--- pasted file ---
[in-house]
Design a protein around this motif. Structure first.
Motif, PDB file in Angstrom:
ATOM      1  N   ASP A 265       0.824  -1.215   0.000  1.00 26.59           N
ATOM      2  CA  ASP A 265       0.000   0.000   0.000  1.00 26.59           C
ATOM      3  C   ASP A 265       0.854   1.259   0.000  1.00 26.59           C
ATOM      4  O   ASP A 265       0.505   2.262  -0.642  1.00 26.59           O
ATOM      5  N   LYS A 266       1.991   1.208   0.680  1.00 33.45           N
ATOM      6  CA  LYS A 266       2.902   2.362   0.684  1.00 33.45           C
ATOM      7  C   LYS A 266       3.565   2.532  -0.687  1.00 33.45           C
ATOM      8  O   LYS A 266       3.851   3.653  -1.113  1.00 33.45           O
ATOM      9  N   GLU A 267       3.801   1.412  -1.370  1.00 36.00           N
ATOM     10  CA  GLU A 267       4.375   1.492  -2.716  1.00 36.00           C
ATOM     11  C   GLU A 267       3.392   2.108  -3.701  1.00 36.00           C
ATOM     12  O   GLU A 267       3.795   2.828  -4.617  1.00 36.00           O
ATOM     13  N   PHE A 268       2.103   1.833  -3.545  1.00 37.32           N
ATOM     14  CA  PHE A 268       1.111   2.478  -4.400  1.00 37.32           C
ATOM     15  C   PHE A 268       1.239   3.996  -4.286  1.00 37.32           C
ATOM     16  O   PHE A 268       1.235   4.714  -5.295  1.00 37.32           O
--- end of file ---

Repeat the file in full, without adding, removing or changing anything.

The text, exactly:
[in-house]
Design a protein around this motif. Structure first.
Motif, PDB file in Angstrom:
ATOM      1  N   ASP A 265       0.824  -1.215   0.000  1.00 26.59           N
ATOM      2  CA  ASP A 265       0.000   0.000   0.000  1.00 26.59           C
ATOM      3  C   ASP A 265       0.854   1.259   0.000  1.00 26.59           C
ATOM      4  O   ASP A 265       0.505   2.262  -0.642  1.00 26.59           O
ATOM      5  N   LYS A 266       1.991   1.208   0.680  1.00 33.45           N
ATOM      6  CA  LYS A 266       2.902   2.362   0.684  1.00 33.45           C
ATOM      7  C   LYS A 266       3.565   2.532  -0.687  1.00 33.45           C
ATOM      8  O   LYS A 266       3.851   3.653  -1.113  1.00 33.45           O
ATOM      9  N   GLU A 267       3.801   1.412  -1.370  1.00 36.00           N
ATOM     10  CA  GLU A 267       4.375   1.492  -2.716  1.00 36.00           C
ATOM     11  C   GLU A 267       3.392   2.108  -3.701  1.00 36.00           C
ATOM     12  O   GLU A 267       3.795   2.828  -4.617  1.00 36.00           O
ATOM     13  N   PHE A 268       2.103   1.833  -3.545  1.00 37.32           N
ATOM     14  CA  PHE A 268       1.111   2.478  -4.400  1.00 37.32           C
ATOM     15  C   PHE A 268       1.239   3.996  -4.286  1.00 37.32           C
ATOM     16  O   PHE A 268       1.235   4.714  -5.295  1.00 37.32           O